Sociology | Constructing Sexuality
S422 | 3790 | Weinberg


MAY NOT BE TAKEN FOR GRADUATE CREDIT

The aim of the course is to provide an understanding of the social
constructionist perspective and its development in the area of human
sexuality.  It will cover the sources of its evolution: symbolic
interactionism (and other interpretive approaches) in the United
States, what developed out of the U.S. perspective in England, the
influence of the French post-structuralists, the role played by
feminist scholars and queer theorists, and the contributions of
postmodernism and cultural studies.  Students will see how these
different origins have complemented each other in a contemporary
approach to the study of human sexuality.  In terms of substantive
content, the course will examine how the constructions (e.g.,
interpretations, meanings) of various forms and facets of sexuality
are related to the evaluator’s historical, cultural, and social
location.  We will look at the role of power, politics, and discourse
in shaping constructions of sexualities and the misconceptions and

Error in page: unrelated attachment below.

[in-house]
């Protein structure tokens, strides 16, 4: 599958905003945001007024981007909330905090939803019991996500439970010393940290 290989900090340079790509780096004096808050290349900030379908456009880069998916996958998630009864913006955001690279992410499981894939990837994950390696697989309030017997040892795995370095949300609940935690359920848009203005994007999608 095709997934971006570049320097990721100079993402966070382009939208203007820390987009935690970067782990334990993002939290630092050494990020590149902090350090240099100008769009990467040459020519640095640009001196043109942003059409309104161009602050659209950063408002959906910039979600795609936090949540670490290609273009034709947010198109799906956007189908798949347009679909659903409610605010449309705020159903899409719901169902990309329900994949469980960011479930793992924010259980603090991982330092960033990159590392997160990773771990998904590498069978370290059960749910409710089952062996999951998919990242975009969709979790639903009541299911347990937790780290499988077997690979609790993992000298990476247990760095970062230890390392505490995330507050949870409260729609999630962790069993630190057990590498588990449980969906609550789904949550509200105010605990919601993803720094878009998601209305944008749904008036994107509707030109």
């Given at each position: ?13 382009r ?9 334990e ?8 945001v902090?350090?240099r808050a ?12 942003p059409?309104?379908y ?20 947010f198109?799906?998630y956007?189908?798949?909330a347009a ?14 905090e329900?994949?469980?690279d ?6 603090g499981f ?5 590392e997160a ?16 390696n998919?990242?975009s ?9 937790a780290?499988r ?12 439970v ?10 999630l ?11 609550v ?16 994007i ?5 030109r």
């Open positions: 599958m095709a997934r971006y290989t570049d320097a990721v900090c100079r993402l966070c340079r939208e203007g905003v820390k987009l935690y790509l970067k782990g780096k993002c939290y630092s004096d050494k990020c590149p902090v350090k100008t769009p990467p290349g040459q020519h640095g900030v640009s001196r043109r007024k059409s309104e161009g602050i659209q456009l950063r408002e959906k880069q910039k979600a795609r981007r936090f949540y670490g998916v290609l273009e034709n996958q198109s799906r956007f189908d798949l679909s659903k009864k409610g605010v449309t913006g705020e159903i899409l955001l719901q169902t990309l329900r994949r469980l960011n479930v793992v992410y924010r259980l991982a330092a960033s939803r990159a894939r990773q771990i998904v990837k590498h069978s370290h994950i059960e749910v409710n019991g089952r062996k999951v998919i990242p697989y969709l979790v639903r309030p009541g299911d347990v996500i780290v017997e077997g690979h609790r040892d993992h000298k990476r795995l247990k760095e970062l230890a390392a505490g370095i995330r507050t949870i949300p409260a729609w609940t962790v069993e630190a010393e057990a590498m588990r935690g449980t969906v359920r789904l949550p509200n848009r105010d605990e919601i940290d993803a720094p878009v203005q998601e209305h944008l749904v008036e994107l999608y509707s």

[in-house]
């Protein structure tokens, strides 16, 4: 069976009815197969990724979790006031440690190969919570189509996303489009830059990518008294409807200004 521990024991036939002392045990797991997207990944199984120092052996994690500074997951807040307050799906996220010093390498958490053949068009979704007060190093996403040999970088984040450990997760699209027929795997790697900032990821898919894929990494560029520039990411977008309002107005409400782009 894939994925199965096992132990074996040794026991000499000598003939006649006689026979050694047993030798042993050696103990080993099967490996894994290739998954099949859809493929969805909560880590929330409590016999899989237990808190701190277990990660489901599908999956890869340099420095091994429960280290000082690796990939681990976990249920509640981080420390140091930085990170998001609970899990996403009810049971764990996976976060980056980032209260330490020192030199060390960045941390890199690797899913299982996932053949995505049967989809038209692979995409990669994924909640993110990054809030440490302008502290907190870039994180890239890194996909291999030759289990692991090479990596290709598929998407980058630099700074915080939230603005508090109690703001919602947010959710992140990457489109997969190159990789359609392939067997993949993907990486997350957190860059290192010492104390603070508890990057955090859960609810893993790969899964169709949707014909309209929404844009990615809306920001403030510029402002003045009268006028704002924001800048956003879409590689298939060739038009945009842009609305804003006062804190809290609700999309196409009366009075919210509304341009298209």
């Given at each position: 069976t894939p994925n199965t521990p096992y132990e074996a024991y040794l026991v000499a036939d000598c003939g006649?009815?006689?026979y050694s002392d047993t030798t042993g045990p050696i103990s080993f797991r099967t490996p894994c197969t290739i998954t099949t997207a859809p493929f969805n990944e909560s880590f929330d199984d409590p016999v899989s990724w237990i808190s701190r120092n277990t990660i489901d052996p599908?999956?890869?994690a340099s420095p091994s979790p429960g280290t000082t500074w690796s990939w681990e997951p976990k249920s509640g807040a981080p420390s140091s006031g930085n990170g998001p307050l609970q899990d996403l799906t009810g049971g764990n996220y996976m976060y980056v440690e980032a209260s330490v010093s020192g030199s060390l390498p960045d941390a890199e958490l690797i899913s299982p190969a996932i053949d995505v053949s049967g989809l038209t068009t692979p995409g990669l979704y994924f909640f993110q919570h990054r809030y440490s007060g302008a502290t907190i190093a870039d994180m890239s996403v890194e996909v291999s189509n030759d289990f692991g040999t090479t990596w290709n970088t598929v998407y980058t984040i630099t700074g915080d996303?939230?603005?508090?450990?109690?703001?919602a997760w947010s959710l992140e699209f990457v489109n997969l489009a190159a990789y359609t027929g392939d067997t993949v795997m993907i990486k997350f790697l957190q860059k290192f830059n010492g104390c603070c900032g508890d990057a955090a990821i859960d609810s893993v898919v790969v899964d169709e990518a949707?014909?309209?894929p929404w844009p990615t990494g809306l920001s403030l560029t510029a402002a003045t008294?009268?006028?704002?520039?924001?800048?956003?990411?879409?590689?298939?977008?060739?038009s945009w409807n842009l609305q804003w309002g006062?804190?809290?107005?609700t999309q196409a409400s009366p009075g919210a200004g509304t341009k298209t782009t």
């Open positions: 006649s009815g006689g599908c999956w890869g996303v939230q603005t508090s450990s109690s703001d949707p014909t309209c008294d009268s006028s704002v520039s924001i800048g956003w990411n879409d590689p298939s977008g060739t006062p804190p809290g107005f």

socially-linked processes that underlie certain traditional
interpretations.  This analysis casts into relief the role of macro-
sociological factors as well as those on the interpersonal level
(such as the “slight of hand” used in transforming notions about
statistical normality into imputations about psychiatric abnormality—
e.g., most people are heterosexual, so bisexual and gay/lesbian
people are psychologically abnormal).  A “sex radical pluralist”
model of interpretation (one that has been delineated by social
constructionists) is proposed as an alternative to the conservative
traditional one.  The specific sexualities to be discussed include
nudism, forms of sex work, intergenerational sex, homosexuality,
bisexuality, sexual contact with animals, transgender variations,
fetishism, sadomasochism, fisting, urine play, and the playing with
and eating of feces.  The course will be organized around lectures,
guest speakers, audio-visual materials (explicit sexual materials of
many of the behaviors listed above), and discussions.  If you will be
offended by these videos or by explicit sexual language, please do
not take this class.


BOOKS/READINGS (The reader is available at Collegiate Copies; the
book at TIS)

	(RDR)	Xeroxed Reader: Constructing Sexuality, 2001

	(AS)	Arlene Stein, Sex and Sensibility: Stories of a
Lesbian Generation, Berkeley: University
		of California Press, 1997.

GRADING: Three in-class essay examinations, weekly take-home essay
questions, preparation and participation grades.